Contact/Follow @SamMcConkie & @MWCwire
The Schedule is out for USU football: Let’s break it down.
The Mountain West recently put out its full football schedule for the 2020 season. Outside of the non-conference games, USU finally knows which order it’s going to play its opponents in.
Here’s a quick look at strength of schedule using ESPN’s Football Power Index (FPI):
#54 Washington State
FCS Southern Utah
#29 at Washington
#62 at BYU
#88 San Diego State
#51 at Boise State
#124 New Mexico
#98 at Nevada
#77 at Wyoming
#93 Fresno State
#96 at Colorado State
#76 Air Force
Tough road to start
Aggies are going to start out the season with a solid non-conference slate. Newly staffed Washington State will roll into town with head coach Nick Rolovich leading the charge. Though Wazzou is likely to take a step back with the loss of their star passer Anthony Gordon, Rolovich has a strong reputation for pass heavy offenses. He’ll throw everything including the kitchen sink at a youthful Aggie defense.
After playing the Southern Utah Thunderbirds in the teams’ first meeting since 2015, Aggies will take on the Washington Huskies in Seattle. Even with Chris Petersen stepping down, the Huskies are in great hands with defensive guru Jimmy Lake. Aggies haven’t won a road game against a P5 opponent since the Nixon administration, so it will no doubt be tough sledding against an elite Husky defense.
Aggies will get a bye week before facing the BYU down in Provo. Though I generally am not a fan of early-season bye weeks, this one comes at a great time. Sandwiching strong Pac-12 teams around SUU should set the Aggies up to be both battle-tested and rested before they look for revenge against the Cougars in October.
Bonus fact: Aggies are 2-0 against BYU when coming off a bye.
Lighter load down the stretch against new coaches
With the exception of the defending Mountain West champs Boise State, the rest of the opponents are quite manageable for the Aggies. San Diego State and Fresno State both come to Logan, and both teams have new head coaches in charge. The Aggies will close out the regular season at home with a likely rebuilding Falcon squad as well.
Road tilts at Wyoming and Nevada are difficult, but winnable. The Wolf Pack’s QB situation is completely up in the air, and Wyoming appears to be toying with the idea of a two-QB system. As strong as the defensive culture has become in Laramie, their offensive prowess still leaves much to be desired.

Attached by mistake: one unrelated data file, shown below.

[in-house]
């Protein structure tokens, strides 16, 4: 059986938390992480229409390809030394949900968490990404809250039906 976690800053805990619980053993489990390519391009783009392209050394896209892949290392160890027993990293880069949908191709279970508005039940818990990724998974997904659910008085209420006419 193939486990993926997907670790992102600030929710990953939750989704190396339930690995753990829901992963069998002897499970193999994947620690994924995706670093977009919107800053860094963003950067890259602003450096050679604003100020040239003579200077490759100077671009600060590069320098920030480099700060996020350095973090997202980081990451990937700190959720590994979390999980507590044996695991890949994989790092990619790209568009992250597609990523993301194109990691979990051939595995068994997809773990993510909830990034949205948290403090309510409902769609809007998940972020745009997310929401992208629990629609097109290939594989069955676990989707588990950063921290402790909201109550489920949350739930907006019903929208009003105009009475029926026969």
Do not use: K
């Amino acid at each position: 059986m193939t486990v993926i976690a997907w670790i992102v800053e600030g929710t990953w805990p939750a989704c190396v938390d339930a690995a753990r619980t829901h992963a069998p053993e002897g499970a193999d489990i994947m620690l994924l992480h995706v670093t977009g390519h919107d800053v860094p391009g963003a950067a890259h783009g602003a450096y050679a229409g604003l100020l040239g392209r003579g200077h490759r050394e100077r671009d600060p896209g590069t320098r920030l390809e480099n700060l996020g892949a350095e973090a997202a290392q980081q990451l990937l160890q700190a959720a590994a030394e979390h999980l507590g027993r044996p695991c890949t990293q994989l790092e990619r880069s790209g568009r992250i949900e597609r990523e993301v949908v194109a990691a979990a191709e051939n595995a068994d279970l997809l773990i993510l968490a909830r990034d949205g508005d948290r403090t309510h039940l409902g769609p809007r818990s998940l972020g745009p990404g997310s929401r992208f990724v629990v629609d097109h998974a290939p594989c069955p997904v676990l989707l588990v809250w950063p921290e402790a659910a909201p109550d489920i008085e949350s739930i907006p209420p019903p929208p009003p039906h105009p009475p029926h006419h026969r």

On the very light end of the schedule, Aggies will face New Mexico in Logan and Colorado State in Fort Collins. The Lobos were an absolute disaster last season and the storyline will only improve as much as Rocky Long is able to coach up their defense. Last season, the Lobos ranked dead last in the FBS in pass yards allowed. They can only improve, but there will be plenty of growing pains along the way.
And let’s be real: nobody knows why Steve Addazio ended up with the Rams. He has virtually no ties to the west and he had plenty of baggage at Boston College. Time will tell if he’s a good fit for the pass-heavy Rams.
There are only a handful of what could be considered “easy games” on this schedule. It starts out as genuinely challenging but lightens considerably after the mid-October date with the Broncos.
One nice variable the Aggies have going in their favor is they’ll be facing six teams who all have new head coaches. Whether at home or on the road, taking advantage of another team’s growing pains and variable chemistry can open some prime opportunities for wins.
The Aggies themselves are transitioning back to a 3-4 “attacking” defense they had in 2018. With Stacy Collins and Frank Maile taking command of the defense, the transition will likely have fewer issues than it would have otherwise. If the unit can get near where it was in 2018, USU will have a puncher’s chance in most of their games.
Projected record: 7-5
“Body bag” games (Sure loss): at Washington, at Boise State
Difficult games (can win, but likely loss): Wazzou, at Wyoming
Toss-up games: at BYU, San Diego State, Air Force
Should win: New Mexico, at Nevada, at Colorado State, Fresno State
Raja’s Tomato-can variety: Southern Utah